Part of the difficulty in interpreting the results from existing studies can relate to confounding by indication whereby the indication for treatment is itself associated with the risk of future health outcomes. Attempts to circumvent the problems of confounding by indication potentially include using different comparator or reference groups for analysis (for example, using alternative antidepressants as the comparator) and different study designs. For this reason, data from included studies were extracted for the following characteristics: study design, sample size, type of comparator or reference group reported, and the accuracy and completeness of information on confounders (including the severity of depression, indication for treatment, lifestyle factors, use of co-prescribed medication, maternal age at conception and family history). For each comparison, crude and adjusted effect estimates (odds ratios, hazard ratios and rate ratios) were identified with corresponding 95% confidence intervals (CIs). For some studies, only the adjusted effect estimates were available. The outcomes of interest were the risk of ASD and ADHD in children following antidepressant exposure during pregnancy.

Comparators, reference groups and sibling study design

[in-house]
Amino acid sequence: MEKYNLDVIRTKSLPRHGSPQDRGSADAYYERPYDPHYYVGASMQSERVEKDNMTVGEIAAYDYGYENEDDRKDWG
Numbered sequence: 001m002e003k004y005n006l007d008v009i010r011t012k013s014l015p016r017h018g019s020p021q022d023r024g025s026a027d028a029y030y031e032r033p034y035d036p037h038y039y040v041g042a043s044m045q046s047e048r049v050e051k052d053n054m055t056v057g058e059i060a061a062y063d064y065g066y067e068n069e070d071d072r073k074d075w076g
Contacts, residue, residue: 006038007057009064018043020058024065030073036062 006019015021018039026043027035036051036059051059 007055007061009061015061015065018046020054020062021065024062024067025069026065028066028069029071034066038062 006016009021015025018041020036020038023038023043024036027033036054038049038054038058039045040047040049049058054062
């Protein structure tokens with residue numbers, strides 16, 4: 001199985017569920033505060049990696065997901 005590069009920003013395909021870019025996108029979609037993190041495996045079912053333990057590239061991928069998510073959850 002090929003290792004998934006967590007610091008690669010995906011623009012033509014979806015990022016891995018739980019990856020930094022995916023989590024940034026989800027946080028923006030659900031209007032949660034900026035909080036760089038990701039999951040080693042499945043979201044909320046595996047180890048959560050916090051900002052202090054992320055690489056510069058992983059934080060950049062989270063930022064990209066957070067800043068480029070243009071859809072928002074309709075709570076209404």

To examine the impact of using different comparator or reference groups in causal inference, effect estimates for the following pre-specified antidepressant comparator or reference groups were extracted: (1) maternal exposure during pregnancy vs. all unexposed women (we refer to this as the classical comparison), (2) maternal exposure during the pre-pregnancy period vs. all unexposed women (this exposure should theoretically be non-causal and may act as a negative control), (3) maternal exposure during pregnancy vs. all unexposed women restricted to those with a history of affective disorder (such as depression, anxiety and bipolar disorder) (the restriction may remove some confounding by indication or severity in that the indication for treatment is independently associated with ASD/ADHD, for example, through genetics), (4) paternal exposure during the maternal pregnancy period vs. all unexposed women (this exposure should theoretically be non-causal and may act as a negative control) and (5) effect estimates from within-family sibling analyses (which accounts for all time-fixed within-family confounding). Exposure windows were as defined by the eligible studies.